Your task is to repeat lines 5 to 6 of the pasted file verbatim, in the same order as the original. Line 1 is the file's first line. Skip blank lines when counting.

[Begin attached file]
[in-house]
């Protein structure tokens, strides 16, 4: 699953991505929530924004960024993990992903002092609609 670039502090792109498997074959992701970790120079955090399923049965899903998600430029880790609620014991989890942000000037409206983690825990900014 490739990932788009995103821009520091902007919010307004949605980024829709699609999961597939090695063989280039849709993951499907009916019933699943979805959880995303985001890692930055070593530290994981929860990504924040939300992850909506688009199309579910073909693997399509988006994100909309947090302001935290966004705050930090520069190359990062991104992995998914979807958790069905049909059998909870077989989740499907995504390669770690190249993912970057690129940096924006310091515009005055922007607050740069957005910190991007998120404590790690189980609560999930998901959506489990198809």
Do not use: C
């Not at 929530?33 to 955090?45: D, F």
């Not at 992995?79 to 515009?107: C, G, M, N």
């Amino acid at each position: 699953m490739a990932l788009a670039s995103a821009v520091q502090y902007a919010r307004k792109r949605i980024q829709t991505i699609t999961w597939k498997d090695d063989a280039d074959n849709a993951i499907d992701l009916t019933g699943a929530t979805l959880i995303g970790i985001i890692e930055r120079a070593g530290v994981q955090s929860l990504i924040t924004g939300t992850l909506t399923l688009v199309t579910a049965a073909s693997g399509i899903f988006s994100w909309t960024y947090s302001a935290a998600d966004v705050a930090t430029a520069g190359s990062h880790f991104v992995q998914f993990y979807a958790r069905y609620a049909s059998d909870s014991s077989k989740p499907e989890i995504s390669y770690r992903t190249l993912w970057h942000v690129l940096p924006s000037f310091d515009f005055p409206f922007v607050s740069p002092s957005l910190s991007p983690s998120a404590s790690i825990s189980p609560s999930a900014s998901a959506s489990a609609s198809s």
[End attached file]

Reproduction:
């Not at 992995?79 to 515009?107: C, G, M, N």
């Amino acid at each position: 699953m490739a990932l788009a670039s995103a821009v520091q502090y902007a919010r307004k792109r949605i980024q829709t991505i699609t999961w597939k498997d090695d063989a280039d074959n849709a993951i499907d992701l009916t019933g699943a929530t979805l959880i995303g970790i985001i890692e930055r120079a070593g530290v994981q955090s929860l990504i924040t924004g939300t992850l909506t399923l688009v199309t579910a049965a073909s693997g399509i899903f988006s994100w909309t960024y947090s302001a935290a998600d966004v705050a930090t430029a520069g190359s990062h880790f991104v992995q998914f993990y979807a958790r069905y609620a049909s059998d909870s014991s077989k989740p499907e989890i995504s390669y770690r992903t190249l993912w970057h942000v690129l940096p924006s000037f310091d515009f005055p409206f922007v607050s740069p002092s957005l910190s991007p983690s998120a404590s790690i825990s189980p609560s999930a900014s998901a959506s489990a609609s198809s």